Generally, you have the right idea of the fore-aft movement as well as your fexion-extension. This will generally serve you well until you get into much steeper terrain or hard pack that might be a little bumpy where you can loose edge hold in the bottom of the turn.
As people extend through the turn and move aft, they will naturally get a stiff back leg and this will almost always cause a skid at the tail resulting in total edge hold loss. Here is a slight modification to the above movement to help you prevent edge blowout in the bottom of the turn.
Initiate your carve with a forward shift in your flexed position just after you did your quick down unweight and gradually extend through the turn up to the apex of the turn only. Do not continue to extend past apex however. As the board passes through the apex of your turn, begin to slowly flex down lower while you are also slowly shifting your weight aft. This movement will require you to begin to flex the back leg more than the front leg. As the board crosses the fall line perpendicular to it, rapidly drop the rest of the way to down unweight and make the instant edge change onto the new edge and repeat the process. Also remember to smoothly shift forward again.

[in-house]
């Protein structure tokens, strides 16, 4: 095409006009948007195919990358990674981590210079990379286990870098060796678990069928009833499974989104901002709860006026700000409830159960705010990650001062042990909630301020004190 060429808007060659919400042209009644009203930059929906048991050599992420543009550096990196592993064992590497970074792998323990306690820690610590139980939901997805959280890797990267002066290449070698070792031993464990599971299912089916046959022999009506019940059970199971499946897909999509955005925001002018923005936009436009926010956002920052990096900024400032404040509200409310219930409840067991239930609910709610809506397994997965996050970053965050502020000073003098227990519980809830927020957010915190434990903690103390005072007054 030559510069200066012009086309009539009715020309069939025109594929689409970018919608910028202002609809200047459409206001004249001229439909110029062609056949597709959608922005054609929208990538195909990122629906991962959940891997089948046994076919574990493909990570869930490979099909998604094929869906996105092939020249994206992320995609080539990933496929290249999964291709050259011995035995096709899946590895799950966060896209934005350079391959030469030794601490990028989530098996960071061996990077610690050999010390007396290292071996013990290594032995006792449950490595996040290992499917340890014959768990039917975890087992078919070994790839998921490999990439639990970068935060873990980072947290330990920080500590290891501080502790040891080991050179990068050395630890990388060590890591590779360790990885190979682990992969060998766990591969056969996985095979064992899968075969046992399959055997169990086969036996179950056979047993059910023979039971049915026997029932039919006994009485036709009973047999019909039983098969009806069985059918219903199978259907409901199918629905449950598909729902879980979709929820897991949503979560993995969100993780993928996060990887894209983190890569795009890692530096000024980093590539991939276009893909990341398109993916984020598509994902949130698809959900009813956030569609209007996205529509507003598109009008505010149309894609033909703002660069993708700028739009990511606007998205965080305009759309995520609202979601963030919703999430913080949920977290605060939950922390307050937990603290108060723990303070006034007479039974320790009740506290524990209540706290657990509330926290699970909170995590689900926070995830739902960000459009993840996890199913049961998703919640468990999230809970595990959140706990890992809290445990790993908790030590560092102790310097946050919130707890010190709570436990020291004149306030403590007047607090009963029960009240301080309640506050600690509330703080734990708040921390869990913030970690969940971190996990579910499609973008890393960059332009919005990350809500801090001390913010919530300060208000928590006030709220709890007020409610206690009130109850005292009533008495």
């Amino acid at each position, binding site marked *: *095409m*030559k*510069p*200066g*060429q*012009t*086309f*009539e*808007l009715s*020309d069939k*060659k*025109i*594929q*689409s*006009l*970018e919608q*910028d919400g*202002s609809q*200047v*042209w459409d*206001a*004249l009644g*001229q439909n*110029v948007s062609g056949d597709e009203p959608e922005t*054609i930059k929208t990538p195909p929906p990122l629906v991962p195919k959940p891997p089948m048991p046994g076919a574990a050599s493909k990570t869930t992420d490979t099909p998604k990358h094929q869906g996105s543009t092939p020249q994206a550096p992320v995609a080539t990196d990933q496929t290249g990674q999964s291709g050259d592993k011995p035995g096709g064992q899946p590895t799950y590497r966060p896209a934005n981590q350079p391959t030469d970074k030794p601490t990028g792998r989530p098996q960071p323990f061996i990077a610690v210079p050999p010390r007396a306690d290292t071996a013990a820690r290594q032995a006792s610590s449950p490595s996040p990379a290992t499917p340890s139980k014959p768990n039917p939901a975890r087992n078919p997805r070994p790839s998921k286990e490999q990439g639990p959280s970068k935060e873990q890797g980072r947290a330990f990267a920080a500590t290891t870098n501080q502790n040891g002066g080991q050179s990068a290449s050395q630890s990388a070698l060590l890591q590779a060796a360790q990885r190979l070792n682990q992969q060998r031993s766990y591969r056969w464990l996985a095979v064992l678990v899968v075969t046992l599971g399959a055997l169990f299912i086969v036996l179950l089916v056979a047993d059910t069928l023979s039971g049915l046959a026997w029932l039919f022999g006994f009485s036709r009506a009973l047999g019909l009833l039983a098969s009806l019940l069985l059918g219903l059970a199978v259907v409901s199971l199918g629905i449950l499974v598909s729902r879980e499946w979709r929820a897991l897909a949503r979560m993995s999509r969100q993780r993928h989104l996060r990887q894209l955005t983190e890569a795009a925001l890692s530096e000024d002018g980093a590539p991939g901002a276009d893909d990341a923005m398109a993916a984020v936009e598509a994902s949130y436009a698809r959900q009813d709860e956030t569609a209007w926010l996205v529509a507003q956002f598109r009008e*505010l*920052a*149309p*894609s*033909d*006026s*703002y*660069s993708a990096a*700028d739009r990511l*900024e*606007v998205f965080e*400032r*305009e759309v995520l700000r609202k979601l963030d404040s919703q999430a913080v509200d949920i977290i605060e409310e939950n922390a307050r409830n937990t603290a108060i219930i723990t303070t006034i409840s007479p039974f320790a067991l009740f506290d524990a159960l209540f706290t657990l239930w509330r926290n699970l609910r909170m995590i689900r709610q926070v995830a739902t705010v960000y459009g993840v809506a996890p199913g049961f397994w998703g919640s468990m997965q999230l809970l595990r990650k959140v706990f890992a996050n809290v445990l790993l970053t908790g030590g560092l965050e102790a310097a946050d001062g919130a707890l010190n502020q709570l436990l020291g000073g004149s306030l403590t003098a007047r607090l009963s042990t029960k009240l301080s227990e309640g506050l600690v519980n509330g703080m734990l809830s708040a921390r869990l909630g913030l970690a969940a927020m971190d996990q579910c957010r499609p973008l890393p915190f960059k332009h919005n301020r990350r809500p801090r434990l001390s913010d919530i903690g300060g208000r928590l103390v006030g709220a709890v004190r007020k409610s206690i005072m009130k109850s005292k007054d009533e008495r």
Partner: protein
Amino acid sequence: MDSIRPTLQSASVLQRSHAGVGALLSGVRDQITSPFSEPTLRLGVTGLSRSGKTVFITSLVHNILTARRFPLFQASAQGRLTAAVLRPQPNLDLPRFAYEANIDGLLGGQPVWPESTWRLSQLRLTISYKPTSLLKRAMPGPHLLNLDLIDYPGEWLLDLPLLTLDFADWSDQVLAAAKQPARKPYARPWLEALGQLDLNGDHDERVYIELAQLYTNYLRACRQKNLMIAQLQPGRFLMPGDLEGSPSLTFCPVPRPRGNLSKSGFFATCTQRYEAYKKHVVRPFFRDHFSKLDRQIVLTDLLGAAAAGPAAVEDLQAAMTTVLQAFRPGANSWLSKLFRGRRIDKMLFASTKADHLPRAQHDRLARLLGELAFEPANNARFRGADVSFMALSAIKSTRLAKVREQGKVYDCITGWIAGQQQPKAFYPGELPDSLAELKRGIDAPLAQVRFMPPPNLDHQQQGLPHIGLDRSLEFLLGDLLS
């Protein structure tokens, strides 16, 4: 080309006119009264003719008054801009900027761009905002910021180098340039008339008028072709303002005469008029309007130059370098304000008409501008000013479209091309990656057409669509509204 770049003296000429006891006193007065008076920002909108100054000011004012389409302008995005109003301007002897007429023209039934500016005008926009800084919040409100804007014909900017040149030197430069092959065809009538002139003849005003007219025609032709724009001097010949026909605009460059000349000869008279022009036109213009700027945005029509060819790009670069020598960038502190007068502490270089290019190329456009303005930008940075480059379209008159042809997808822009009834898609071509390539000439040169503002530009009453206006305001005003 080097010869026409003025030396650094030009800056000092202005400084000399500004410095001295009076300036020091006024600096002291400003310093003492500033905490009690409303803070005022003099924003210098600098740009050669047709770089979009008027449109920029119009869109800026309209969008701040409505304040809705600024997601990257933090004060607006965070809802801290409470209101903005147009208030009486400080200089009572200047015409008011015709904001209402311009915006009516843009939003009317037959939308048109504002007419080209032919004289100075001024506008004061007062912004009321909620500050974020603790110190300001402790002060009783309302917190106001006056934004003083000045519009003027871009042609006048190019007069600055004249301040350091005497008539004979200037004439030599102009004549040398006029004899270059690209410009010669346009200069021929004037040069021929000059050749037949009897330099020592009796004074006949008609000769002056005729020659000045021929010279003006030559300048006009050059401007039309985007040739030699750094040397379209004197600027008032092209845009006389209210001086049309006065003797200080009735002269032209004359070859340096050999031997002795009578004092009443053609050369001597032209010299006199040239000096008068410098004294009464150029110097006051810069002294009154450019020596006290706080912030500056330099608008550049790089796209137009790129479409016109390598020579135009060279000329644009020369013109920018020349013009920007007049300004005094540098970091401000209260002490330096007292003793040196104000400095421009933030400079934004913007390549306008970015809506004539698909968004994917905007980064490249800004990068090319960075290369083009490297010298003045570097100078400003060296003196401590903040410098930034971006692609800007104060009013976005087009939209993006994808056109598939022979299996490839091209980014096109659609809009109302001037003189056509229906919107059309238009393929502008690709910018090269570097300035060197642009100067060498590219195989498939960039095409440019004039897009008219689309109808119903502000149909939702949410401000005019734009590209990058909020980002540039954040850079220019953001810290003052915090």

WHY THIS WORKS:
As you are hauling ass in a good carve down the mountain, you have 3 basic forces at work on your board. Gravity pulling you down the slope, Inertia from your movement pulling you down the slope and Centrifugal force pulling you to the outside of the turn.
At the bottom of the turn at about roughly the 45 degree point, all three forces combine to try to really pull your board out of the turn and send it (and you) straight down the hill at about a 45 degree angle from the fall line. This is the point where your edge hold has the most load on it and can easily break loos starting with the tail.
This is the reason for the aft shift; to add more weight to help keep that edge locked into the snow. It is also why we do not want to use inclination (leaning to the inside of the turn) when dynamic carving at high speed and or on steep terrain. We need to keep our weight stacked vertically over the edge to push it straight down into the snow.
Because edge hold is generally very precarious at this point in the turn, any bumps or harder snow can tip the balance and start a skid. By slowly flexing, we "soften" the ride and have a much better ability to absorb chatter that can cause the edge hold loss. A flexed rear leg is much much better at absorbing this chatter than a stiff extended one.
In relation to this, we want to do the fore movement early and also make sure we "complete" our turns and make sure we allow the board to completely go perpendicular to the fall line for two reasons. One, it is the only way we can regulate speed without skidding and two, it allows us to really get our new edge set solidly early in the turn. If we are late doing this, we reach apex without 100% of our possible edge hold and this sets us up for a skid through the bottom of the turn.
Happy dynamic carving....